Meet Hanna, one of the artisans that worked on the limited edition of refugee-made keychains UNIQLO released in June in honor of World Refugee Day.
The UNHCRxUNIQLO #WithRefugees Keychains were beaded by forcibly displaced women in Kenya and South Sudan. The design brought together the colors of UNIQLO and UNHCR, representing the organization’s longstanding partnership.
To coordinate the production of this collaborative product, we worked with our local partners, Bawa Hope in Kenya and Roots in South Sudan. Over 135 refugee women completed thousands of pieces of beading.
We were honored that some of the women working on the order shared their stories and reflected on the ways that artisanal work positively impacts their lives.
The second artisan who took time to share her story with us is Hanna, a 54-year-old refugee living in South Sudan. She fled Gambella, Ethiopia with her children in 2003.
When did you come here and with who?
I came from Gambella in Ethiopia in 2003 with my children, due to what happened in my homeland.
Do you have children?
I have five children, aged between 18 and 33.
What was your occupation in your country of origin?
I was a traditional midwife.
What is the skill you used in making these pieces and how did you learn it?
Working with beads is what we learned back at home, it’s in our tradition for clothes, for traditional dances and to decorate the home. Here in South Sudan, I learned new styles, different varieties of designs.
Did you have to learn anything new to make these keychains?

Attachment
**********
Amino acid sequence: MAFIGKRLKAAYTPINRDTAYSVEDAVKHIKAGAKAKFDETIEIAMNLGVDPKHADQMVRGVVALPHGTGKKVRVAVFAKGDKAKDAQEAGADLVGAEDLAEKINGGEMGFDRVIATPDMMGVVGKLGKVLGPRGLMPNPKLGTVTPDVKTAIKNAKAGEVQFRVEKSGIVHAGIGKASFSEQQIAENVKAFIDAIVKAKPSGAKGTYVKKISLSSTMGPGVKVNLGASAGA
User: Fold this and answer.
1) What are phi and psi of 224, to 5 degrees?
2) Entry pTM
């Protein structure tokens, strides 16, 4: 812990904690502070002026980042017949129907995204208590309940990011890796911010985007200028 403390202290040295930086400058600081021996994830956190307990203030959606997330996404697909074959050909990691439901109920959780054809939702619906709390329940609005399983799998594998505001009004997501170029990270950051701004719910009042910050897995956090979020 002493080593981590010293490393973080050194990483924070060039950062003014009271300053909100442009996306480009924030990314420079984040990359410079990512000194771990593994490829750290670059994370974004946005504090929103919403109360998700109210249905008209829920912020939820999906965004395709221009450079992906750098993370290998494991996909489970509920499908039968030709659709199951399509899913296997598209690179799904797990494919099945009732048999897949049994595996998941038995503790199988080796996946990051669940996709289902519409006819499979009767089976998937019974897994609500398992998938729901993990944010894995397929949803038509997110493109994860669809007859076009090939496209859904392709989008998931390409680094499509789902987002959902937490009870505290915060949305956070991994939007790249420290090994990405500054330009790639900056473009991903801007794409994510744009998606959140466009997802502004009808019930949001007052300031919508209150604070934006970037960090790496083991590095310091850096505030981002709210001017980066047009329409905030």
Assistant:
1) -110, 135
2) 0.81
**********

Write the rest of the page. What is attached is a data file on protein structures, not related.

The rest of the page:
Back at home, we only mixed the colours randomly. But here, there’s a selection. You might have 5 or 10 threads, and the threads have to be symmetrical. So the beads have to reflect a design, it’s not just done at random. It’s like a mathematical knowledge, it requires calculation. The Roots team (MADE51's social enterprise partner in South Sudan) taught us.
What is it like to work as part of a group of artisans on these large orders?
The group that I’m in currently is actually quite amazing. We are gaining different kinds of knowledge. We share that knowledge and we chat. We also sing while we are making the beads.
Has being an artisan, and earning a living, empowered you?
I divide up my earnings and I budget. If one of my children needs shoes, I put money aside for that, so that they can buy the shoes. When Christmas approaches, I put money aside so that they can buy clothing for themselves. Also, the food ration that we get here is very small, so this allows me to supplement our food. And then we have health issues... If something unexpected happens, we have money for treatment.
What is your dream?
I would like to make enough to open my own shop to sell the beads. I might even name it for our counterpart, the Roots project.
Is there a message you would like to send to the people who will buy the keychain?
It’s hard for us, because we haven’t been able to see them to show our appreciation. But you have come today. We would like to thank you.